All Blacks count injury cost after Ireland revenge
Ben Smith suffered a compound fracture in his finger while Cane sprained his ankle.
LONDON – The All Blacks head into their season-ending match against France with pride restored but counting the cost of their bruising victory over Ireland on Saturday.
Coach Steve Hansen confirmed fullback Ben Smith and flanker Sam Cane were injured in the 21-9 win in Dublin and would miss Saturday’s match at Stade de France.
Smith suffered a compound fracture in his finger while Cane sprained his ankle.
Lock Patrick Tuipulotu had also left the squad to fly home for “personal reasons”, the team said, while Hansen could also lose centre Malakai Fekitoa to suspension after he and Cane were cited for dangerous tackles.
Hansen said the All Blacks would contest the charge against Cane, believing he had clashed heads with Robbie Henshaw rather than committed an illegal tackle.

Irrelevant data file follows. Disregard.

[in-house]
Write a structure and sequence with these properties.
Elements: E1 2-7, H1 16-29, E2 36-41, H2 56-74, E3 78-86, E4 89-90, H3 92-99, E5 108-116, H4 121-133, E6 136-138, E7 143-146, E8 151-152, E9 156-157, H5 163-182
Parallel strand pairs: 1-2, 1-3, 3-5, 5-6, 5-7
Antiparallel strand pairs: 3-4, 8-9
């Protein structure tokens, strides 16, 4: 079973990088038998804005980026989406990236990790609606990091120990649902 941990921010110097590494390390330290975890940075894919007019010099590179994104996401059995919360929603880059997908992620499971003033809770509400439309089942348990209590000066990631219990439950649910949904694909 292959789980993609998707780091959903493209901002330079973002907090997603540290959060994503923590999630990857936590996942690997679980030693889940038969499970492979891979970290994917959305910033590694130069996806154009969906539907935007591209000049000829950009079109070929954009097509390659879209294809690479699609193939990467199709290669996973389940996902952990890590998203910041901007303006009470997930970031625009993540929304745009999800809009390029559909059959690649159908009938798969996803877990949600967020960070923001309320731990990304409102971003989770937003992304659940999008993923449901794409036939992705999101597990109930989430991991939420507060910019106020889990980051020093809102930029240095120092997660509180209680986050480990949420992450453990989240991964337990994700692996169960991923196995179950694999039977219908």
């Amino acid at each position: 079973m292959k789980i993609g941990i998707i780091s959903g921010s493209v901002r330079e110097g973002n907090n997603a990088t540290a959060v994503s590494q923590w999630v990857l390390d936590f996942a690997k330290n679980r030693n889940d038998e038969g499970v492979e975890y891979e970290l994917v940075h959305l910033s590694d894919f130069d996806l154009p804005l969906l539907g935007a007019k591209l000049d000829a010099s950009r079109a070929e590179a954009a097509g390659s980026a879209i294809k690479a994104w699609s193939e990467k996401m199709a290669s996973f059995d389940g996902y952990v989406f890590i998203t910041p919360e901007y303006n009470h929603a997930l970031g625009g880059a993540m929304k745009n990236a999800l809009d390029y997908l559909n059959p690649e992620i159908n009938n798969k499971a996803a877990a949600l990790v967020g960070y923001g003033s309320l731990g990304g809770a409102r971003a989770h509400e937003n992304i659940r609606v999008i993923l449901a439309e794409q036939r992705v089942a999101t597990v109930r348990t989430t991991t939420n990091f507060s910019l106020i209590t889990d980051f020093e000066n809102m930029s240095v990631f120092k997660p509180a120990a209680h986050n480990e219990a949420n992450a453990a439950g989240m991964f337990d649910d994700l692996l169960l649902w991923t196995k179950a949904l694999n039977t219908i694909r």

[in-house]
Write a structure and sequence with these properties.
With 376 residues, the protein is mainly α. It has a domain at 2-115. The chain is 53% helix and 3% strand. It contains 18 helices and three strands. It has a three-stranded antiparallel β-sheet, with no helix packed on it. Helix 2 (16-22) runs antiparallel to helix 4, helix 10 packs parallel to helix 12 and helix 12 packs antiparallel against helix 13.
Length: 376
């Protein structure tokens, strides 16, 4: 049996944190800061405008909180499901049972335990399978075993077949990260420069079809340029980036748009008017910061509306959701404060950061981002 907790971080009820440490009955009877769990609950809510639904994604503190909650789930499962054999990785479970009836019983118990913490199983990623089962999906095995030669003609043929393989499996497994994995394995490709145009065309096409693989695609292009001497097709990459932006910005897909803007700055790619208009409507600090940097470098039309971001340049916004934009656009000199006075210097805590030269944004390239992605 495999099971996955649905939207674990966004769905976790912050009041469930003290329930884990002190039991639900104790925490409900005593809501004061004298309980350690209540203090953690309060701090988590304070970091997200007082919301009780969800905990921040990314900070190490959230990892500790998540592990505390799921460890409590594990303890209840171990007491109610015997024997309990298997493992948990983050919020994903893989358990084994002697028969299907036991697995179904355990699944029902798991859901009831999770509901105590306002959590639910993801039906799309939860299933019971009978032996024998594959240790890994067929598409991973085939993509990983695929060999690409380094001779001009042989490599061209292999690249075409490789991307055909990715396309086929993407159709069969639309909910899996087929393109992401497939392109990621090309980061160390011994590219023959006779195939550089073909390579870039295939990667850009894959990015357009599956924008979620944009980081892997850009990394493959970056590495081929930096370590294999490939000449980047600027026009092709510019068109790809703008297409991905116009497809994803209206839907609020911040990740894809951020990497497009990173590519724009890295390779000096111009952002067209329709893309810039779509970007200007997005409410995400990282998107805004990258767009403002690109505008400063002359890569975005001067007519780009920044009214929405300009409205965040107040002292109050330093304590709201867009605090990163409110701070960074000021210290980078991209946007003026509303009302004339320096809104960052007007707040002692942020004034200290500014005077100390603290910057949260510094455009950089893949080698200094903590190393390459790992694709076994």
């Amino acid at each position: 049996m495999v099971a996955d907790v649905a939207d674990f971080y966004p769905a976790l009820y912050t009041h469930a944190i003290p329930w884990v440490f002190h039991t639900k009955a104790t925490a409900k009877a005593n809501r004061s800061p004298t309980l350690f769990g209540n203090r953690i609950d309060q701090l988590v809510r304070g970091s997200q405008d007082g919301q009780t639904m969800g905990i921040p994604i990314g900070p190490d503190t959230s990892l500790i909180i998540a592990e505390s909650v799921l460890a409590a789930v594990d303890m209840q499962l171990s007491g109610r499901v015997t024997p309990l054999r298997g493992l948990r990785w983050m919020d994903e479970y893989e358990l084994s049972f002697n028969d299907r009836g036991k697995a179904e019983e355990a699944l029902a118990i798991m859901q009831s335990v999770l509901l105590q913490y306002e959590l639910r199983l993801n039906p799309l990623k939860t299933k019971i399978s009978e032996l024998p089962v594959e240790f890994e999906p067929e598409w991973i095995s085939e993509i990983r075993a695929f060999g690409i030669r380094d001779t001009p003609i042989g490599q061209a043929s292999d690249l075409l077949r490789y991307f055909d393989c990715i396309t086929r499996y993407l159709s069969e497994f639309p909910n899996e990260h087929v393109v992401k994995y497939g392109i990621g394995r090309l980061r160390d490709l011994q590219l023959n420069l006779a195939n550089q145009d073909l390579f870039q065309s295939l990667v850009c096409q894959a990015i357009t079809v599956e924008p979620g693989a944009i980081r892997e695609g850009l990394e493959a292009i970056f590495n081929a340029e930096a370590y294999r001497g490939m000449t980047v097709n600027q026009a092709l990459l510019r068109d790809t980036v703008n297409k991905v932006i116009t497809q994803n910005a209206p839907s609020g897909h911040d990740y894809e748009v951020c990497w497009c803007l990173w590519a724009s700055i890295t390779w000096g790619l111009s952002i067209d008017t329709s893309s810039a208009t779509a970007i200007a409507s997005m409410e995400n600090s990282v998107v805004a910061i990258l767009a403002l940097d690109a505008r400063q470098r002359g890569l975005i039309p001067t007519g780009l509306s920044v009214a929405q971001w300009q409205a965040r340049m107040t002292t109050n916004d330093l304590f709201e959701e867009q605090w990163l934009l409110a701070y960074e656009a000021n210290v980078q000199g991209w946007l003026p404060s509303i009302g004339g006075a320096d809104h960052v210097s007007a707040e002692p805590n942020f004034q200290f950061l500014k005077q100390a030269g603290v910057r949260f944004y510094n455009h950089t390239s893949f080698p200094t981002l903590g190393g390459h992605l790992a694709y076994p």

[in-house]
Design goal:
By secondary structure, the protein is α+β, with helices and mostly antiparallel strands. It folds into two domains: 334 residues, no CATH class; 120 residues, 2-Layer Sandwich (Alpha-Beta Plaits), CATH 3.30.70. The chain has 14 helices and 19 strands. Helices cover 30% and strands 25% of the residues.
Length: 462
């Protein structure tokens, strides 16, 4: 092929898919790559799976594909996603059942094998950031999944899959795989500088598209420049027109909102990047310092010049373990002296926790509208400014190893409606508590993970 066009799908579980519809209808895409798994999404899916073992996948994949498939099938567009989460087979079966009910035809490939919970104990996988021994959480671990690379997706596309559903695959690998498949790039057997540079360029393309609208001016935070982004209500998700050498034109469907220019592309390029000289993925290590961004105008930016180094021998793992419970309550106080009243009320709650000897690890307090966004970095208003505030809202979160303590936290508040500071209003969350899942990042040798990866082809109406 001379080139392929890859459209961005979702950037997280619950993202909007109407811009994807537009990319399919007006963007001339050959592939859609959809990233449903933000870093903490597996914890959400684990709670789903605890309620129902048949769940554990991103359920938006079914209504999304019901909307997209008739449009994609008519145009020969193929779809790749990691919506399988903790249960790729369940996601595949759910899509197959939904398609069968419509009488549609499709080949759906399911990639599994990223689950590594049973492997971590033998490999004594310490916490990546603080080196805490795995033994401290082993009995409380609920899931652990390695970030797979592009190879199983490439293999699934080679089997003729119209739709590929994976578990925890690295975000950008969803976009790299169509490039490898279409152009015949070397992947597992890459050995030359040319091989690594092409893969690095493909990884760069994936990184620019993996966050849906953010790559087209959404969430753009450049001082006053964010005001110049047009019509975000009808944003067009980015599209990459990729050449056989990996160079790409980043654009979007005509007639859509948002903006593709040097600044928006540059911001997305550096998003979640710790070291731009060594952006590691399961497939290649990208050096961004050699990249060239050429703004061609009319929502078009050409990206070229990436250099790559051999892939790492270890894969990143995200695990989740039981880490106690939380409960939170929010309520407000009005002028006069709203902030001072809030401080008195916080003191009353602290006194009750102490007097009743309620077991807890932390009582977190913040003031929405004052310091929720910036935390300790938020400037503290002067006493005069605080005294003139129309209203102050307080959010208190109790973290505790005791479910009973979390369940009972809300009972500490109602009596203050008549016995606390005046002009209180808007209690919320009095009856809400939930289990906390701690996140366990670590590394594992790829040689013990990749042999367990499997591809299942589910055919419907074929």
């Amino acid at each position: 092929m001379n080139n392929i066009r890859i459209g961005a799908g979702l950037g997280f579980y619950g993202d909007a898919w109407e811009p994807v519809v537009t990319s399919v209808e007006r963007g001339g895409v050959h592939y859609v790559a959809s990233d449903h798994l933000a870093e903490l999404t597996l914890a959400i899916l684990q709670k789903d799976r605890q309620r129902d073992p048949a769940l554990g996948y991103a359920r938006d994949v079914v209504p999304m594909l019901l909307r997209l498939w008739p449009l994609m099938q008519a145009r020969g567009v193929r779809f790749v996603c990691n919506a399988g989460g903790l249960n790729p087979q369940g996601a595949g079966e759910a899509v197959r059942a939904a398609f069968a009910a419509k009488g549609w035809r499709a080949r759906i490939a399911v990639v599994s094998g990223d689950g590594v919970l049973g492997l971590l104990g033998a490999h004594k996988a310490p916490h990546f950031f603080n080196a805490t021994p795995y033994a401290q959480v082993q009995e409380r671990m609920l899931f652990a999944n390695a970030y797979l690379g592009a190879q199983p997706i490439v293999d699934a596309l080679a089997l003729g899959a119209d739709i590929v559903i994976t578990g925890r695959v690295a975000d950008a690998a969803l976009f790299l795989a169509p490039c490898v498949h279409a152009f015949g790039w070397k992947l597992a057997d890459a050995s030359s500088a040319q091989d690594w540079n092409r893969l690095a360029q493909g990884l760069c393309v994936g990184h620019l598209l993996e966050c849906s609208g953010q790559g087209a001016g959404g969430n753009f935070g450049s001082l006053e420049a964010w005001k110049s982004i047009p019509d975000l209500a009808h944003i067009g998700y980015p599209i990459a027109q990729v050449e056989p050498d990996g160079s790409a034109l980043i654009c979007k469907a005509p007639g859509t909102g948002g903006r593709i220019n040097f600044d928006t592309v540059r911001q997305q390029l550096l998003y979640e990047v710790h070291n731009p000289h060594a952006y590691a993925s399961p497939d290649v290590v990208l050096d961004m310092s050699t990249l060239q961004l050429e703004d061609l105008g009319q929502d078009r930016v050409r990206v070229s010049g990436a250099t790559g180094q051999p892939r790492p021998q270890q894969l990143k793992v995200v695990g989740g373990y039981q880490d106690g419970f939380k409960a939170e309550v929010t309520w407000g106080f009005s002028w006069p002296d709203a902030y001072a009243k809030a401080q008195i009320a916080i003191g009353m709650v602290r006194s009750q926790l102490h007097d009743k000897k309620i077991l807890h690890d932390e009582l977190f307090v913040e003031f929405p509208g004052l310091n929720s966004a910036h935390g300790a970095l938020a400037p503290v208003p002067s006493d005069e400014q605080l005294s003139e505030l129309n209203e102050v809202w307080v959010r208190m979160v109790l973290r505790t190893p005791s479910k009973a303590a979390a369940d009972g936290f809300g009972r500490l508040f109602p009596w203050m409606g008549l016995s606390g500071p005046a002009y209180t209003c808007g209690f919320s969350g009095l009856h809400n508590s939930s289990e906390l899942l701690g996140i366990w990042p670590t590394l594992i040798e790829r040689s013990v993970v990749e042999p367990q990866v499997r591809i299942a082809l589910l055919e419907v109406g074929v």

However, they will not defend Fekitoa for his “clumsy and high” tackle on Simon Zebo which drew a yellow card from referee Jaco Peyper.
The players’ hearings are scheduled for later on Monday in London and Hansen hopes to attend both while in town for a coaches conference.
Regardless of the outcomes, Hansen will be forced to re-jig his side for Les Bleus, who were pipped 25-23 at home by Australia at the weekend.
The coach said he would rely on the existing squad to fill the holes and not fly in reinforcements.
That means Ardie Savea or Matt Todd will replace Cane at openside flanker, with Israel Dagg or flyhalf Beauden Barrett both capable of starting at fullback.
The All Blacks avenged their shock loss to Ireland in Chicago two weeks ago, which snapped their record run of 18 successive wins and gave the Irish their first ever win over New Zealand in 111 years.
Persistent questioning from Irish media over the All Blacks’ tackling took some of the gloss off Saturday’s win for Hansen, and hooker Dane Coles defended the team’s physical game upon arriving in Paris.
“We can’t control what other people say, all we can control is our performance and the way we play rugby and if people don’t like that then obviously you can’t please everyone,” Coles said.
“We take a lot of pride in playing the game in the right way and in our performance.”